Saturday, November 1, 2008
Robyn Hitchcock, "Luminous Groove"
I just finished listening to all of Robyn Hitchcock's box set, "Luminous Groove" this week, and I'm blown away by it. It's a 5-CD set, so I'm not going to go over everything thoroughly right this minute. Suffice it to say, if you like Robyn, you'll love this box set. It includes Robyn's first three albums with his backing band the Egyptians, which was basically Robyn's former band the Soft Boys, minus Kimberely Rew. Rew went on to form Katrina and the Waves, and wrote "Walking on Sunshine." (Do you think people were ever confused when they found out that Kimberely and Robyn are both guys?) Anyway, the three albums are "Fegmania!" the live "Gotta Let This Hen Out!" and "Element of Light." All three albums show Robyn's signature writing style backed by a band that knew how to get the most out of his melodies. Robyn's lead electric guitar is given a very prominent role on these three discs, and it shows what a great guitar player he is. The melodies are jangly and catchy, and it was during this time period, the mid 1980's, that Robyn started to develop a cult following in the US.
Robyn is a great songwriter, but it's difficult for me to separate the wheat from the chaff. I generally like all of his songs, but it's tough to pick one over the others. It's like, "Okay, this song is good, it has a catchy melody and weird lyrics. Okay, the next song also has a catchy melody and weird lyrics. Okay, ALL of his songs have catchy melodies and weird lyrics!" That's perhaps a slight exaggeration, but Robyn's music is very consistent, and I mean that in a good way. He has a real gift for crafting memorable melodies and creating interesting images with his lyrics. I think Robyn could have had more mainstream success with his work if he had stopped writing about jam and bees and fish and wrote simpler, more mundane lyrics, because his melodies are so catchy, but I'm sure the surreal writing style makes it hard for some people to follow his music. I certainly can't claim to understand all of his lyrics. But if he simplified his writing style, he wouldn't be being true to himself and his vision. I'm glad that Robyn has followed his own path, clearly he didn't want to sell out.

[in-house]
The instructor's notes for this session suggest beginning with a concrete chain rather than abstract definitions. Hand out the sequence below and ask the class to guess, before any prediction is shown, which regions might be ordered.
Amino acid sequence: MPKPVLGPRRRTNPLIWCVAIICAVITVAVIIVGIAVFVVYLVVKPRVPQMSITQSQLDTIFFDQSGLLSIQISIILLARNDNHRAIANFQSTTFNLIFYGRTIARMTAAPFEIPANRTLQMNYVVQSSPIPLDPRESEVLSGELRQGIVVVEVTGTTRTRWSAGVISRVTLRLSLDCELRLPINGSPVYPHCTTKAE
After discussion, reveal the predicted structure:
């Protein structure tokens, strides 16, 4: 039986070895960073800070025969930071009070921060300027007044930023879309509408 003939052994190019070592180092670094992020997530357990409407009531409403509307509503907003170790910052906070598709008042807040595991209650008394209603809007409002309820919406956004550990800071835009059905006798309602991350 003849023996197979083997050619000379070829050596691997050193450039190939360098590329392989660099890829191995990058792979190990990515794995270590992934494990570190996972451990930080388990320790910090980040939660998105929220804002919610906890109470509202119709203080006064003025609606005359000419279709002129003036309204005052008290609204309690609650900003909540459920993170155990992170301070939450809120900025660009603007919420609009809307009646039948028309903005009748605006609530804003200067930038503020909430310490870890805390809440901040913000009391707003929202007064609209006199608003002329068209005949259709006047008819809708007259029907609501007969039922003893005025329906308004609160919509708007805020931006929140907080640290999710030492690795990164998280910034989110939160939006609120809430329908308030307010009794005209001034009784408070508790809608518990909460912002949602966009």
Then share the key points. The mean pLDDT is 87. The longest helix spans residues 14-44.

In addition to the three albums, "Luminous Groove" also includes a 2-CD set of rarities, "A Bad Case of History." One disc is unreleased studio recordings, and one disc is live recordings. (Some of the live recordings come from Minneapolis's legendary concert venue First Avenue.) These two discs are excellent, they show how in sync the Egyptians were.
Some of the standouts on this set are:
I'm Only You
My Wife and My Dead Wife
The Cars She Used to Drive-live
Somewhere Apart-(which could pass as a John Lennon song from Double Fantasy)
So You Think You're In Love-live
Chimes of Freedom-live
The Wreck of the Arthur Lee-live
If you like Robyn, check out "Luminous Groove." You won't be disappointed.